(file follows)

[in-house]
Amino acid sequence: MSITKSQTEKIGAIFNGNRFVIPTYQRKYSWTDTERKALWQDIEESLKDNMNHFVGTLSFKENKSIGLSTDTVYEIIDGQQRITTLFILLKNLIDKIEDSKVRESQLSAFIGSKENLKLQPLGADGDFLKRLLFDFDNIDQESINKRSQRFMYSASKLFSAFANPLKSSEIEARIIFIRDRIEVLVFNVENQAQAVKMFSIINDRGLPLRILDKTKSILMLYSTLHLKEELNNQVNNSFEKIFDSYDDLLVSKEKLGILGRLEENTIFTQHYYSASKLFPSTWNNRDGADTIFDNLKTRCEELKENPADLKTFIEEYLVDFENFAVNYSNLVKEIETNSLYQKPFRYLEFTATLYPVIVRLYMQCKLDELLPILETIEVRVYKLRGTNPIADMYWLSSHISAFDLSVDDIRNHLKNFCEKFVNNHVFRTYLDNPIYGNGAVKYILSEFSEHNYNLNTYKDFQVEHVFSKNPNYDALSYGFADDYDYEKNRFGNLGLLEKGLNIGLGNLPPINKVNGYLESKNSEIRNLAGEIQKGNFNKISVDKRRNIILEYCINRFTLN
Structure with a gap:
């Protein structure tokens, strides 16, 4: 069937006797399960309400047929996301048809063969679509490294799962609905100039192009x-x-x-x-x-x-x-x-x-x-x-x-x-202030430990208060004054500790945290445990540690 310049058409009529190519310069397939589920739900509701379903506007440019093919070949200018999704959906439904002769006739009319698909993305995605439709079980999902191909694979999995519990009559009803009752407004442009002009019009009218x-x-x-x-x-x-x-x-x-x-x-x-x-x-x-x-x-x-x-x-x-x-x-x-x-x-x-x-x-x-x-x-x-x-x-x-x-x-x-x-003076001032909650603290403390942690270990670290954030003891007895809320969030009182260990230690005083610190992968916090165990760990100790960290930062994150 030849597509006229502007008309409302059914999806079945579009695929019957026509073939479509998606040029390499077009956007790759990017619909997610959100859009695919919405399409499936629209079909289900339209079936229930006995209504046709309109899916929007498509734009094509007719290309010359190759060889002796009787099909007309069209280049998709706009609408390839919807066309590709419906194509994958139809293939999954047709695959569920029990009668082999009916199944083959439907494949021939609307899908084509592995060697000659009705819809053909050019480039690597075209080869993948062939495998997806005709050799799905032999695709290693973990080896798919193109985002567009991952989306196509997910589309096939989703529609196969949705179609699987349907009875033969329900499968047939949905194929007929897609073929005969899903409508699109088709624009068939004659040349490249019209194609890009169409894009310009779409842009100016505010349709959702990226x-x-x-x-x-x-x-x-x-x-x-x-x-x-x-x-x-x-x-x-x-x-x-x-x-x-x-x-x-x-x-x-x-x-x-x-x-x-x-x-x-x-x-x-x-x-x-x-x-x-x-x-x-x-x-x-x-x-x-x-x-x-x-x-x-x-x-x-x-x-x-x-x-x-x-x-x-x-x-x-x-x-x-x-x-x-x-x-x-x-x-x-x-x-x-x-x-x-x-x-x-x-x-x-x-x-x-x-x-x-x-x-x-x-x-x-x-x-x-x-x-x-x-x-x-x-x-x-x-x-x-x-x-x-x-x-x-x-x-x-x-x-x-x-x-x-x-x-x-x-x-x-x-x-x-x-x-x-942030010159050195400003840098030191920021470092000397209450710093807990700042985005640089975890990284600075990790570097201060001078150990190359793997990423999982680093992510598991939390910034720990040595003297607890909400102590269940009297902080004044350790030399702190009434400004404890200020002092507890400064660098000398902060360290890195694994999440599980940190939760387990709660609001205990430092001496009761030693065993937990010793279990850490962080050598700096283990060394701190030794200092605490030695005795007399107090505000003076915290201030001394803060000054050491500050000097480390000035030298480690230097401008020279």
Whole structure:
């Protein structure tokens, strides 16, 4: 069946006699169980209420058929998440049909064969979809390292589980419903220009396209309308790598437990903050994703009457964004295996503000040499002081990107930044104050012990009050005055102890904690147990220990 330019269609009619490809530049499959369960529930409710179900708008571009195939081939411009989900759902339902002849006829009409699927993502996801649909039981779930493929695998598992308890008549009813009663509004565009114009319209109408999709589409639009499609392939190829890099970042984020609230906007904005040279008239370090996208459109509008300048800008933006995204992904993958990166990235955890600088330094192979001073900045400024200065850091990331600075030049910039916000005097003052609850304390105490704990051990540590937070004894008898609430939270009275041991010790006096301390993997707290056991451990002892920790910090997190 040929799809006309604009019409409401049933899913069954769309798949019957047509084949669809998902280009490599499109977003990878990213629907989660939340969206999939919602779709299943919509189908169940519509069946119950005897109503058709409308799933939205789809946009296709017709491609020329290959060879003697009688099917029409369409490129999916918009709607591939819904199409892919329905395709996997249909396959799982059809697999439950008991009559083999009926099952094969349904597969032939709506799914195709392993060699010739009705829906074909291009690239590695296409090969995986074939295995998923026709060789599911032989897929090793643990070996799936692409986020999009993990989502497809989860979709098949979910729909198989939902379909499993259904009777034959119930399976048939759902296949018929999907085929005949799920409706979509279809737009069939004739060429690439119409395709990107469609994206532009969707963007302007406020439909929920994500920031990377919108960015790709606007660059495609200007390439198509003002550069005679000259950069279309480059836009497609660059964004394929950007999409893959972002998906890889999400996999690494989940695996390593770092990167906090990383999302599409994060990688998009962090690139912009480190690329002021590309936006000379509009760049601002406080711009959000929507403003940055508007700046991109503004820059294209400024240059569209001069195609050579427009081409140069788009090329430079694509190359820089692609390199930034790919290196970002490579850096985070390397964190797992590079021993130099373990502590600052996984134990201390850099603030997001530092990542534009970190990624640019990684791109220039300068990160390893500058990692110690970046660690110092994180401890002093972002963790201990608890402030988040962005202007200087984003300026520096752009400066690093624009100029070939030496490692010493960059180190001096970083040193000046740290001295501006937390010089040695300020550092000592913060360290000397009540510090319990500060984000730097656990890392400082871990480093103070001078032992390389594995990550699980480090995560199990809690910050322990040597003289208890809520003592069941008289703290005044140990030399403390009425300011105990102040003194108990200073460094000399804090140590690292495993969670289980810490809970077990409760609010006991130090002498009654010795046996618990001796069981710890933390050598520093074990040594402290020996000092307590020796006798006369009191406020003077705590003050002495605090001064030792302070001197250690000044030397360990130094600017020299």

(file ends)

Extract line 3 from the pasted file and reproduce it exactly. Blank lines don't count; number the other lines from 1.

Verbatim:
Structure with a gap: